Health

Planned Parenthood Sues to Stop Health Inspections: ‘Unconstitutional’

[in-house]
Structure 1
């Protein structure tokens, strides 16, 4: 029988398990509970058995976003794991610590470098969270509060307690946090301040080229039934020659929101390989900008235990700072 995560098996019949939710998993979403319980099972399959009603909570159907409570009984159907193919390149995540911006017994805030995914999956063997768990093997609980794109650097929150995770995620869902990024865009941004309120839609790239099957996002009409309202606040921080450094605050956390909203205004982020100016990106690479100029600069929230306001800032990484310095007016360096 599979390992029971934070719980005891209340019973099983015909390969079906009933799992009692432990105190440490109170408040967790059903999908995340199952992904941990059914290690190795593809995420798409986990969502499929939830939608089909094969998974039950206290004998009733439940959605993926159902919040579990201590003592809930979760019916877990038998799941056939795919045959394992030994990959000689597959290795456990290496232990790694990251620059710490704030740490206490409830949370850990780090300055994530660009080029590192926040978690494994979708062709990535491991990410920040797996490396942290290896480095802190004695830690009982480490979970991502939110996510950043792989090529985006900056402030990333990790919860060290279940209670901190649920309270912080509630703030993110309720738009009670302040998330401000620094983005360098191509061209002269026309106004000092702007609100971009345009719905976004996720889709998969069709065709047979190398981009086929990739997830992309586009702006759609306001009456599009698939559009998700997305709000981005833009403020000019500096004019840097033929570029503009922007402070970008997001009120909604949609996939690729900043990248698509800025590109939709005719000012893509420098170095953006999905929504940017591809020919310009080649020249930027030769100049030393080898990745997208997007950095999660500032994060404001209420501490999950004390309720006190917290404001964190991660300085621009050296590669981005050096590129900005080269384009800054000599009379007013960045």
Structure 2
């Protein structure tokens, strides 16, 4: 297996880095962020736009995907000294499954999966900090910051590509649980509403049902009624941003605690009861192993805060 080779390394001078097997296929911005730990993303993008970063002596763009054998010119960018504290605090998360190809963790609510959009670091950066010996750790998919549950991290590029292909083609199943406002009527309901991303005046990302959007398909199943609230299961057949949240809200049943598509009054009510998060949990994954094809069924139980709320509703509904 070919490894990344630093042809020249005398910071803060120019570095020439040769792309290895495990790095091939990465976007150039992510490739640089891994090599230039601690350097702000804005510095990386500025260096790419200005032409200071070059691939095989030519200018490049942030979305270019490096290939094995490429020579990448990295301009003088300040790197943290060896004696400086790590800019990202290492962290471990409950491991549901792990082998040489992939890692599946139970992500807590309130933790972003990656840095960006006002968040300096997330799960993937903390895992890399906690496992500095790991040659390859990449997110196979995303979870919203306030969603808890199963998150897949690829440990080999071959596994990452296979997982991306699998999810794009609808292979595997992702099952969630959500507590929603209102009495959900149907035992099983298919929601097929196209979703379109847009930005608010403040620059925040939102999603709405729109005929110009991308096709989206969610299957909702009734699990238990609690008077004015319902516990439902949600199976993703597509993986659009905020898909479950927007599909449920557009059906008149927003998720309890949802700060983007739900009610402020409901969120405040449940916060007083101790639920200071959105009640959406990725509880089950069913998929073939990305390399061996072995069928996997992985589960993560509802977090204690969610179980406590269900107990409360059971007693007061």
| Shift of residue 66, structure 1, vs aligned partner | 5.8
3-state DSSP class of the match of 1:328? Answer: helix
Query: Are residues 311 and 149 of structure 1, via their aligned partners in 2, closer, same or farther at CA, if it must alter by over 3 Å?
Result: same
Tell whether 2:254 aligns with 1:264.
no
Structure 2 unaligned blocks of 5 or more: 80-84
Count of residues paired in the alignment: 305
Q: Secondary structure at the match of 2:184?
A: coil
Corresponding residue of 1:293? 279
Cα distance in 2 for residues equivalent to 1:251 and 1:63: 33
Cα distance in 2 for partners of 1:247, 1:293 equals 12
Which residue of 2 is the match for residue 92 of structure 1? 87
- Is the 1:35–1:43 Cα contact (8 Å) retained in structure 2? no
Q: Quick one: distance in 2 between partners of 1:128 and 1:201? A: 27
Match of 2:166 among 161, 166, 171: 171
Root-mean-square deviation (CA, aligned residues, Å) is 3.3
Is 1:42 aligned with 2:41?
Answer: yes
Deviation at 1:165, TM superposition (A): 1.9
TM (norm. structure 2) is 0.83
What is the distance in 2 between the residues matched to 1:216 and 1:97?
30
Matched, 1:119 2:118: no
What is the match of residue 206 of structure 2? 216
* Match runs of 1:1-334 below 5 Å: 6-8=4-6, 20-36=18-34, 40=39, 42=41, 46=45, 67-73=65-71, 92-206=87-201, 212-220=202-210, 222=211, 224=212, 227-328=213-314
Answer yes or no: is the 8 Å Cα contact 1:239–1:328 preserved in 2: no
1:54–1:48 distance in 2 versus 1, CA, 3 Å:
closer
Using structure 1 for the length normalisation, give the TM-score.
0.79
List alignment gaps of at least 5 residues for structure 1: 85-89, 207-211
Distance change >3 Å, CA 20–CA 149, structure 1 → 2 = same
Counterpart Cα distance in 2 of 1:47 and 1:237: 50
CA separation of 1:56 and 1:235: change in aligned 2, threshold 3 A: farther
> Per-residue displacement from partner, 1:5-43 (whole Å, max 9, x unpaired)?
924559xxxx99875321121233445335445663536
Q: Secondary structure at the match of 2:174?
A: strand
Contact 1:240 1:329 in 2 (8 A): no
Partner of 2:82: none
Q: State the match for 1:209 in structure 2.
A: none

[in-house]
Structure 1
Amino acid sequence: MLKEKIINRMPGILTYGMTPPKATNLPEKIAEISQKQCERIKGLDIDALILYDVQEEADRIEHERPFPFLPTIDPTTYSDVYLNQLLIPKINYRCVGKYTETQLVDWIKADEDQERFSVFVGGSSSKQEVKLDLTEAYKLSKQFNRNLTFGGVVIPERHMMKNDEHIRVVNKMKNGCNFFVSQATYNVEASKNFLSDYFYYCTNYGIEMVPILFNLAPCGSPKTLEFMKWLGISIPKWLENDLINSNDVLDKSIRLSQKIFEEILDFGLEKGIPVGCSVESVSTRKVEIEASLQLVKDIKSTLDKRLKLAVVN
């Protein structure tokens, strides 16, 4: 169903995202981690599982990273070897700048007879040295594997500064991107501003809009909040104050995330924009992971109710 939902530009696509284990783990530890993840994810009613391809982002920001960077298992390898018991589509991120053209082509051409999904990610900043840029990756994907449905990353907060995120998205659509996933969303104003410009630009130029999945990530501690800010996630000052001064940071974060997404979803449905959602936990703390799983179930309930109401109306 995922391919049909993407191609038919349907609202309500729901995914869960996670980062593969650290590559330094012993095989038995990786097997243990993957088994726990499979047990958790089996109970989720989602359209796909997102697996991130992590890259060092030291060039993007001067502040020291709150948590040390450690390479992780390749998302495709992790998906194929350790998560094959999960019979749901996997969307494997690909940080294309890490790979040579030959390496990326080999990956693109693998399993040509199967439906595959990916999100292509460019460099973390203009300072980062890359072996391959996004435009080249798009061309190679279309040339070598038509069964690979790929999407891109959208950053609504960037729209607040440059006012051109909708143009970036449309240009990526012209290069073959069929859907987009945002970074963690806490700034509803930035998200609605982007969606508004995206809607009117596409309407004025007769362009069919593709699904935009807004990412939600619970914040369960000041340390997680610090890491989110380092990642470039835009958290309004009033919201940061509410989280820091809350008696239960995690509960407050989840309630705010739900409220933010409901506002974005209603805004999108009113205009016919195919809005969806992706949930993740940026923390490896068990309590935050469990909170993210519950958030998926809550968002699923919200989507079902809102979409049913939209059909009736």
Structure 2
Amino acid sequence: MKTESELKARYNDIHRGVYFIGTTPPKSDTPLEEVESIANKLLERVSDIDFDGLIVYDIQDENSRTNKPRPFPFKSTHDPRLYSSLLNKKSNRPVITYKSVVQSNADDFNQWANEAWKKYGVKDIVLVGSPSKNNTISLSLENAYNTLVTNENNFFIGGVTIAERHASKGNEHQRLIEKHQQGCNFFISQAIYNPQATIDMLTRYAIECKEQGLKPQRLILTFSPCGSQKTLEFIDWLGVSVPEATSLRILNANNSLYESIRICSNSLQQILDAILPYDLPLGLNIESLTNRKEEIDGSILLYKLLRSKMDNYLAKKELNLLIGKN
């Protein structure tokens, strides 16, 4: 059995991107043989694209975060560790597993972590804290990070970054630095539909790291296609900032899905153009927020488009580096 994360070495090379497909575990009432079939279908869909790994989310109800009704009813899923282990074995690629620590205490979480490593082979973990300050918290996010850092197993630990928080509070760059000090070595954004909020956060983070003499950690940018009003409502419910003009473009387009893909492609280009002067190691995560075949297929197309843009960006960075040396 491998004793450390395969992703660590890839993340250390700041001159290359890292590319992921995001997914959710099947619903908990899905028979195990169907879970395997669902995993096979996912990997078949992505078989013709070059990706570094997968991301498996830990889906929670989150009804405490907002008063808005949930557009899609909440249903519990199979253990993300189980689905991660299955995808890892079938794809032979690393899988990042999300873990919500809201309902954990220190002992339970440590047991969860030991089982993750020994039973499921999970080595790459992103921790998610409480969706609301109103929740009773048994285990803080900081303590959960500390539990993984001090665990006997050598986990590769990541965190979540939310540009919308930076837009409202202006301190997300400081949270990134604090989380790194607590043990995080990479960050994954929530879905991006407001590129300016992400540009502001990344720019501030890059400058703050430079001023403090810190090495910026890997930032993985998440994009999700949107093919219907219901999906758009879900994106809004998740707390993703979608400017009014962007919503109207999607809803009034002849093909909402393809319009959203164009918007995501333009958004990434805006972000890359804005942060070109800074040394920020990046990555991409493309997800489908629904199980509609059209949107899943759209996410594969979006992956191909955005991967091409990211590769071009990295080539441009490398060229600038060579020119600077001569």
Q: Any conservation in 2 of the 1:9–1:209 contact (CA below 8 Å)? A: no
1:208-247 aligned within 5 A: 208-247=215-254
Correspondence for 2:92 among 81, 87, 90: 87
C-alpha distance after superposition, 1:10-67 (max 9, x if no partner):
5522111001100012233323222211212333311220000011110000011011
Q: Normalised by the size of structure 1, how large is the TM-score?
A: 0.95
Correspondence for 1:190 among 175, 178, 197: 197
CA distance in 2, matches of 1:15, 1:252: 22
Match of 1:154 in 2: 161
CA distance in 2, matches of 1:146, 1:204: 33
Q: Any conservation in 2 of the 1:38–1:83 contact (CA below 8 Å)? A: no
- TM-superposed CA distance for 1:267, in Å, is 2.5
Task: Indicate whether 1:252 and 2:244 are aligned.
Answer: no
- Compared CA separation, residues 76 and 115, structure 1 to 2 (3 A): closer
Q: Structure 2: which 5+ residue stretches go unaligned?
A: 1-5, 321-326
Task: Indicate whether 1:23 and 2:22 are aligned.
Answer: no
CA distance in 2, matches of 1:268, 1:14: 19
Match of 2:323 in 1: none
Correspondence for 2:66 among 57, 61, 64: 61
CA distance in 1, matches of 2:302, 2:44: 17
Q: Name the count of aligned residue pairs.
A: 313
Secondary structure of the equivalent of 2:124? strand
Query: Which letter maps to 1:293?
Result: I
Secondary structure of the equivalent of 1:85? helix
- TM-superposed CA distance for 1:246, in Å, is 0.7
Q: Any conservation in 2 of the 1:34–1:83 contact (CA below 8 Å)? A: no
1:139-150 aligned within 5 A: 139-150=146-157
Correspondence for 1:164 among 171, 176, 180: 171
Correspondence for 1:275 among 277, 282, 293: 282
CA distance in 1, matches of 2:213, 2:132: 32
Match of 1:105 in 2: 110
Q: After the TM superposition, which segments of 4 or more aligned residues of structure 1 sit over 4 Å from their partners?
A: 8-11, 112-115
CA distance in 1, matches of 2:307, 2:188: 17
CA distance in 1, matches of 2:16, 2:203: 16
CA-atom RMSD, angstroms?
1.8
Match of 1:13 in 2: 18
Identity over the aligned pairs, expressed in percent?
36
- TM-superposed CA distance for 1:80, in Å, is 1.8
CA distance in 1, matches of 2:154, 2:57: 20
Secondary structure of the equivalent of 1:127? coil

Planned Parenthood has filed a federal lawsuit against Indiana over the state’s law that requires abortion clinics to be inspected annually for health and safety issues. “Once again Indiana politicians are barging into the exam room with irrational demands and intrusive requirements,” said Jane Henegar, executive director of the American Civil Liberties Union (ACLU) of Indiana, which filed the suit on behalf of Planned Parenthood of Indiana and Kentucky (PPINK), reports the Associated Press. In addition to a provision requiring annual health inspections of abortion clinics, the Indiana law also requires medical providers who treat women for complications due to abortion procedures to report patient information to the state. The provision “imposes unique and burdensome obligations,” Planned Parenthood argued in the lawsuit, claiming such complications “are both extremely rare for abortions and are more likely to occur after other medical procedures.” Planned Parenthood took in nearly $544 million in taxpayer funding last year, according to its latest annual report, and claims to be a “women’s healthcare” provider, though the number of many of its non-abortion services has been in decline. The abortion vendor also boosted its profits by $21 million – 27 percent – from the previous year. Christie Gillespie, president and CEO of Planned Parenthood of Indiana and Kentucky, said in a statement that the new law “is not about patient safety.” She said abortion “is already incredibly safe.” Gillespie added the law’s provisions are “yet another attempt by politicians to shame and stigmatize pregnant Hoosiers and spread the myth that abortion is dangerous.” However, in 2016, Americans United for Life (AUL) provided a 200-page report titled Unsafe: The Public Health Crisis in America’s Abortion Clinics Endangers Women. The report echoes the case of Philadelphia abortionist Kermit Gosnell who, in 2013 was found guilty of murdering babies born alive during abortion and in the death of one of his patients. The AUL report also challenges the narrative put forward by abortion advocates that the U.S. Supreme Court’s decision in the Texas case of Whole Woman’s Health vs. Hellerstedt prevents state legislatures from requiring health and safety standards in abortion clinics. “This report is the tip of the iceberg as too many state officials are turning a blind eye to this red-light district of medicine,” said AUL’s then-vice president of legal affairs Denise Burke and the author of the report. “The abortion industry willingly sacrifices women’s health and safety in their ‘back alley’ clinics, prioritizing mere access to abortion over women’s health and safety,” she said..